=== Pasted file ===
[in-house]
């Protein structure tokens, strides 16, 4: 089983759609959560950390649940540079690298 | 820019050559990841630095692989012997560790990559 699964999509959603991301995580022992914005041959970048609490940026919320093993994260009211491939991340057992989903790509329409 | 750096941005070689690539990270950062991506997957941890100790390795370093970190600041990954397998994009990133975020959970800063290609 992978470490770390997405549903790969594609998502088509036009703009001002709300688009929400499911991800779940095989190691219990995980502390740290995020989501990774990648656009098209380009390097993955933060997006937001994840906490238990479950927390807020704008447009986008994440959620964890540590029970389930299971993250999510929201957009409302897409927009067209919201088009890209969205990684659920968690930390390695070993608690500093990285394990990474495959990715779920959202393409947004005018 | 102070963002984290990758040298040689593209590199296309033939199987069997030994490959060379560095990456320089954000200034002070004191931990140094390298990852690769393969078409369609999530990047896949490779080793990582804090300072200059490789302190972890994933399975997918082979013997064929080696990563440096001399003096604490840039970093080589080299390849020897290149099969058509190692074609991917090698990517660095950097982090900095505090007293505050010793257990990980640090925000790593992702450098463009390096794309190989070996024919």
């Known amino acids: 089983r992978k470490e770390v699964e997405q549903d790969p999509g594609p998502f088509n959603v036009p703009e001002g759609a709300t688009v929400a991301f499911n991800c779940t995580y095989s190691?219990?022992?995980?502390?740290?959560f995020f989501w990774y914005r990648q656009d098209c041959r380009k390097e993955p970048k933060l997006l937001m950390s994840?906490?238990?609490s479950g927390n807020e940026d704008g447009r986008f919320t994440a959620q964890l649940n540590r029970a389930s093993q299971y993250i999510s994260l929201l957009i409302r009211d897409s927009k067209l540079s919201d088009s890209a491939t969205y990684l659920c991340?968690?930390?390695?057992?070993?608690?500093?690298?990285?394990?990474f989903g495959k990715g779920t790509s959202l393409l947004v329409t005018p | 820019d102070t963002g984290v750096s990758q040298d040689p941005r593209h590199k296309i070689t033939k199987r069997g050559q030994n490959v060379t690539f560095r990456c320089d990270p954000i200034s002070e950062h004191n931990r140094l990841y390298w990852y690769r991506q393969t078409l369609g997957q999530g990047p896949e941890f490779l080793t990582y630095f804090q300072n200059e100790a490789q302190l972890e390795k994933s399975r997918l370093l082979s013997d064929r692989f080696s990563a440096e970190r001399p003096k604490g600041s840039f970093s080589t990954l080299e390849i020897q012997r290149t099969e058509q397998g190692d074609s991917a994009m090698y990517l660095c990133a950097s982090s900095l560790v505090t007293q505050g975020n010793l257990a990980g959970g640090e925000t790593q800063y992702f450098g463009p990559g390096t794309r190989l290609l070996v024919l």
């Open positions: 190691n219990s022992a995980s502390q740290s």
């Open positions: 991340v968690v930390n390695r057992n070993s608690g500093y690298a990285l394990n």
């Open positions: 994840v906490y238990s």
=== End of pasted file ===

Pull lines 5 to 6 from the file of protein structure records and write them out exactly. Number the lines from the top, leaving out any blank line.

């Open positions: 991340v968690v930390n390695r057992n070993s608690g500093y690298a990285l394990n």
């Open positions: 994840v906490y238990s």